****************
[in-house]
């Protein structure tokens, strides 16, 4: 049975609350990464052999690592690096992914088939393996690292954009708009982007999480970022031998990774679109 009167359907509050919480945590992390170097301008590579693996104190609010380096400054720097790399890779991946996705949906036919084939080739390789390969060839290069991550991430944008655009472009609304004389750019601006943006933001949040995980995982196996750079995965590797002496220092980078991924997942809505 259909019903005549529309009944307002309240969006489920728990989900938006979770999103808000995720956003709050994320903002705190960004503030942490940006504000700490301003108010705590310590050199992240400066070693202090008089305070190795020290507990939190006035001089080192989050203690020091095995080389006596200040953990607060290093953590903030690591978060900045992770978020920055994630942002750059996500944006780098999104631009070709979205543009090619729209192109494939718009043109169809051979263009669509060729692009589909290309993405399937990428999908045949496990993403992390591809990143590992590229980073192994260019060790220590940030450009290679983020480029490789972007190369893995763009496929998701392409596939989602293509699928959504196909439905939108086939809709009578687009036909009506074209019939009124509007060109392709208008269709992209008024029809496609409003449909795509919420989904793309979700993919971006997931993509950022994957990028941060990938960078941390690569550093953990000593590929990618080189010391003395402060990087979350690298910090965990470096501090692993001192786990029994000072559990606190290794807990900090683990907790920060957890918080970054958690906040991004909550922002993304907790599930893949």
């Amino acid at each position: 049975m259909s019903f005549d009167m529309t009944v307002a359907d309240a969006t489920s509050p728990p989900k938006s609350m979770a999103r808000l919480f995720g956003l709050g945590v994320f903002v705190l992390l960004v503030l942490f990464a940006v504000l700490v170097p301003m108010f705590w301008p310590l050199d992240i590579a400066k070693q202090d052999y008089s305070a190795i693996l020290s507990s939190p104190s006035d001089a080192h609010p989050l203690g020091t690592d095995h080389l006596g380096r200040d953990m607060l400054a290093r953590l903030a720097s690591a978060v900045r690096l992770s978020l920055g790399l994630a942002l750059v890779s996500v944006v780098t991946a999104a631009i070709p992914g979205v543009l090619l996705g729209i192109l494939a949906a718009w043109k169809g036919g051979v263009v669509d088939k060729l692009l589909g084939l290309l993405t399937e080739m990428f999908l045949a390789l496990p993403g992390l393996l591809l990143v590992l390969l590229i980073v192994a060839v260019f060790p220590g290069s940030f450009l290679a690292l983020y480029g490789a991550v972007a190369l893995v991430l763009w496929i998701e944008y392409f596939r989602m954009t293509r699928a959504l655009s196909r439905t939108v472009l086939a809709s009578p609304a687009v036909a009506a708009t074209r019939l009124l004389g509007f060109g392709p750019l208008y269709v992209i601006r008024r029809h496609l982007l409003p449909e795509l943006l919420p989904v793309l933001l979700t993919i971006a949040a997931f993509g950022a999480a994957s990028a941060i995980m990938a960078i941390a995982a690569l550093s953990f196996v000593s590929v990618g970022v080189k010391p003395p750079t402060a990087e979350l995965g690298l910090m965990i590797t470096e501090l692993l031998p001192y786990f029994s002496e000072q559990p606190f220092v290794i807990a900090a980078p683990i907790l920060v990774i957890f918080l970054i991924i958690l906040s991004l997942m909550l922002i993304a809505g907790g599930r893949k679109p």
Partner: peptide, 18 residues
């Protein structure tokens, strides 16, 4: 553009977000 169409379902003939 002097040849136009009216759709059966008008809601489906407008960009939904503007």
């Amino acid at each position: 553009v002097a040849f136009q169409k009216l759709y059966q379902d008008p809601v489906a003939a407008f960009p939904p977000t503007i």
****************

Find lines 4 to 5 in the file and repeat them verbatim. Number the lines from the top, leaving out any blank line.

Partner: peptide, 18 residues
């Protein structure tokens, strides 16, 4: 553009977000 169409379902003939 002097040849136009009216759709059966008008809601489906407008960009939904503007």